From The Editor | March 13, 2019

Conversations On The Cloud: A Report From Ingram Cloud Summit X

Matt Pillar

By Matt Pillar, chief editor

Gavriella Schuster, Microsoft
Gavriella Schuster, Microsoft

Gavriella Schuster, VP commercial partnership at Microsoft helped kick off Ingram’s Cloud Summit X in San Diego this week in front of more than 1,500 attendees with an abbreviated history of the IT channel and the rapid change it’s seeing of late. She focused those comments in the context of the cloud’s impact on a channel that’s looked pretty static for the past 40 years.

“The IT channel was a linear and largely one-way business model, from software to distribution to resellers to end users,” she said. “Cloud services changes all those roles. The customer expectations are changed. Tech is no longer powering the back office through the back door. Now it is the product.” The new cloud-driven channel Schuster describes now looks more like software provider-to-distributor, which in Ingram’s case acts as the service provider of IP, support, and services-to the VAR or MSP-to the end user, and back again, repeatedly and incessantly. “It’s a constant flow of data and services – including collaboration tools, file sharing, data contingency, back up, security, and more – throttled up and down all day, every day,” explains Schuster.

That newfound and constant cloud-driven exposure to applications fuels a question Schuster increasingly fields. Will cloud services push Microsoft to sell direct? She offers up an emphatic “no.” “Cloud services demands that everyone in the IT channel step up their value proposition and play their role in the always-on nature of value delivery,” she says. “Microsoft needs partners now more than ever,” she says, to serve as conduits of that data and those services to the client based on the client’s ever-changing wants and needs.

But the accessibility of apps via the cloud is driving bigger change via its fragmentation at the partner level. VARs and MSPs are joined by a rapidly growing and ill-defined legion of technology providers. I asked Ingram execs about that, and to share the characteristics that define its partner pool today and what those characteristics might be moving forward.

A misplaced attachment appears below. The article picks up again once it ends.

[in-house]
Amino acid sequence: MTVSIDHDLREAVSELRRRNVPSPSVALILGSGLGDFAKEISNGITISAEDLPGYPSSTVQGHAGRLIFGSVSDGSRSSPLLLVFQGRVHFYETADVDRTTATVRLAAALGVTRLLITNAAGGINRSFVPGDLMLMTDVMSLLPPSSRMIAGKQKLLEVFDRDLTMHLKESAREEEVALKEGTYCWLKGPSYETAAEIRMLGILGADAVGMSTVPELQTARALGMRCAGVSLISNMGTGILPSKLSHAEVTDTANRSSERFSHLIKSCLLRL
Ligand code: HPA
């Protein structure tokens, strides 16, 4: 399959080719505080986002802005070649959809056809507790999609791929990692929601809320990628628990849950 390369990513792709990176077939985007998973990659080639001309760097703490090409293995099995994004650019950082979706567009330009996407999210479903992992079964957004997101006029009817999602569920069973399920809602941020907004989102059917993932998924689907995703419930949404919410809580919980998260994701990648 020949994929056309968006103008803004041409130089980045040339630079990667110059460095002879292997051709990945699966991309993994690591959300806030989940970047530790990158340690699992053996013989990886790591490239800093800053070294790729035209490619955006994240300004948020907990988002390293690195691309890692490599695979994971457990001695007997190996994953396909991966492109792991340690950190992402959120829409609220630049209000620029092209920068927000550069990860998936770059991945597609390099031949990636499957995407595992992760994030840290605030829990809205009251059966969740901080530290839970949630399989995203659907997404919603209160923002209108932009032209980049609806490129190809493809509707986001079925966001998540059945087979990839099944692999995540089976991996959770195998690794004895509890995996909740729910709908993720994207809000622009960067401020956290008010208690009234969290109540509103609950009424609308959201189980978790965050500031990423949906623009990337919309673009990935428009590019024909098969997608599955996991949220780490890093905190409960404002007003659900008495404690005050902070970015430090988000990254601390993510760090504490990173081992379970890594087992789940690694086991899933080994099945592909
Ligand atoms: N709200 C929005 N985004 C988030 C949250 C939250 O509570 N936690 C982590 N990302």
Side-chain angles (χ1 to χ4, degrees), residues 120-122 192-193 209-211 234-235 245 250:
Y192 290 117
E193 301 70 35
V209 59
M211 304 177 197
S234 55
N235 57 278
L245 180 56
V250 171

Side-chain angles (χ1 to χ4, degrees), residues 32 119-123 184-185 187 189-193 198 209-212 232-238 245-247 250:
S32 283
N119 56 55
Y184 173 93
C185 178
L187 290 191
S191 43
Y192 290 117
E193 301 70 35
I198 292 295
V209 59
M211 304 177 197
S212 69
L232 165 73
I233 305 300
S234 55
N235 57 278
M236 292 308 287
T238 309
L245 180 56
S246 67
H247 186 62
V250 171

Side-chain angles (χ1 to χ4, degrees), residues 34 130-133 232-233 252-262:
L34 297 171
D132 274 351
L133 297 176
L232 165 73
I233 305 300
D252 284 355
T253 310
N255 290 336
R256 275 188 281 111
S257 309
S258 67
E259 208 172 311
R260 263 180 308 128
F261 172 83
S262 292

Renee Bergeron, SVP, Global Cloud at Ingram Micro, acknowledged that convergence is prolific in the industry right now. Ingram Micro itself is experiencing it, she said. “We’re no longer just a distributor, but an ISV. And the prevalence of the ISV play is a big deal to Ingram, because ISVs are playing a bigger role in the channel ecosystem,” she said. “In the past it was big vendors serving VARs and MSPs. Now we see a proliferation of ISVs that are accessible and becoming integral parts of channel solutions, and more of our traditional channel partners are developing software and becoming ISVs.”

How is Ingram facilitating the onboarding of a diverse new mix of channel partners? The platform that CTO and SVP David Wippich and his team have created is purpose-built in a modular way to serve the buy-side and the supply-side, because, as Wippich told me, partners are increasingly playing both roles.  “We want to sell to all of them, so we approach the market with multiple points of entry on the platform,” he said.

Tim FitzGerald, VP, Cloud Channel Sales North America at Ingram, simplified the hierarchy of the company’s cloud go-to-market strategy. “We [the channel] serve end clients who are looking to solve business challenges,” he said. “We’re partnering with the IP holders who address those challenges, and part of the reason we’re seeing different types of partners emerge is simply because they’re needed. We [Ingram Micro] have to join them together and solve for what’s provided at one end and what’s needed at the other. Clearly that’s a role beyond that of distributor, and it’s a role we’re happy to play.”  

To play that role, the company set some lofty goals and put some mighty resources behind them. Bergeron harkened back to Ingram’s early strategic decision to put a full head of steam behind it’s cloud marketplace. “We separated the cloud business from the rest of the business on purpose, so we could move fast. It’s about getting there quickly. We’ll worry about efficiency and reintegration later. Our Cloud initiative was like a startup within a $50 billion company,” she said.

But, just how far ahead of the cloud curve is Ingram? Are its partners, and the channel in general, ready for full-on cloud? Bergeron says Ingram’s cloud platform allows it to onboard ISVs and partners at a rapid pace, and it has, but she also acknowledges that it’s challenging for solutions providers to keep up. “We’re seeing struggles with demand generation, business model transitions to subscription-based services, sales, and marketing plans, and we’ve developed a hub of solutions to help our partners solve for those challenges,” she says. “Successful partners are those who leave the back office behind, focus on customer service during the delivery cycle, and leave the plumbing to Ingram and their cloud-savvy vendor partners.”

The traction is measurable. The company’s Cloud Marketplace boasts 55,0000 partners since its inception a decade ago, an increase of 10,000 in 2018 alone. Those partners facilitate applications to more than four million fully-automated seats. CloudBlue, Ingram’s independent ISO division, represents 27 million enterprise cloud subscriptions tallying more than $1 billion in annual subscription revenue.